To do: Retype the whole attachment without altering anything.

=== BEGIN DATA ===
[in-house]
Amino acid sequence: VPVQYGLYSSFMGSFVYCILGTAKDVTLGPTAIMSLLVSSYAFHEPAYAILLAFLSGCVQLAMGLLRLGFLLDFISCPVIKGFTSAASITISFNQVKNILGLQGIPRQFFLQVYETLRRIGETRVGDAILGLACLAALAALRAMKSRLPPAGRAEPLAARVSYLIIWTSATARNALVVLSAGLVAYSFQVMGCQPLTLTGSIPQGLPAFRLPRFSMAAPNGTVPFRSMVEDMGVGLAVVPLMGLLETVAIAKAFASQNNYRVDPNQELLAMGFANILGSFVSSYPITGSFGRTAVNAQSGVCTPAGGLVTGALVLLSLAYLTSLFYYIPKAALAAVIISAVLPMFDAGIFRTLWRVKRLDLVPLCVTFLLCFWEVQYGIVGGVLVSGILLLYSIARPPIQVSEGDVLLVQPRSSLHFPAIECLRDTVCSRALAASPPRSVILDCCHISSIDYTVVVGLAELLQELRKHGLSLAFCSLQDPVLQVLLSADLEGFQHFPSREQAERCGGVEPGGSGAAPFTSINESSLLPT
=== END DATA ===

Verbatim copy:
[in-house]
Amino acid sequence: VPVQYGLYSSFMGSFVYCILGTAKDVTLGPTAIMSLLVSSYAFHEPAYAILLAFLSGCVQLAMGLLRLGFLLDFISCPVIKGFTSAASITISFNQVKNILGLQGIPRQFFLQVYETLRRIGETRVGDAILGLACLAALAALRAMKSRLPPAGRAEPLAARVSYLIIWTSATARNALVVLSAGLVAYSFQVMGCQPLTLTGSIPQGLPAFRLPRFSMAAPNGTVPFRSMVEDMGVGLAVVPLMGLLETVAIAKAFASQNNYRVDPNQELLAMGFANILGSFVSSYPITGSFGRTAVNAQSGVCTPAGGLVTGALVLLSLAYLTSLFYYIPKAALAAVIISAVLPMFDAGIFRTLWRVKRLDLVPLCVTFLLCFWEVQYGIVGGVLVSGILLLYSIARPPIQVSEGDVLLVQPRSSLHFPAIECLRDTVCSRALAASPPRSVILDCCHISSIDYTVVVGLAELLQELRKHGLSLAFCSLQDPVLQVLLSADLEGFQHFPSREQAERCGGVEPGGSGAAPFTSINESSLLPT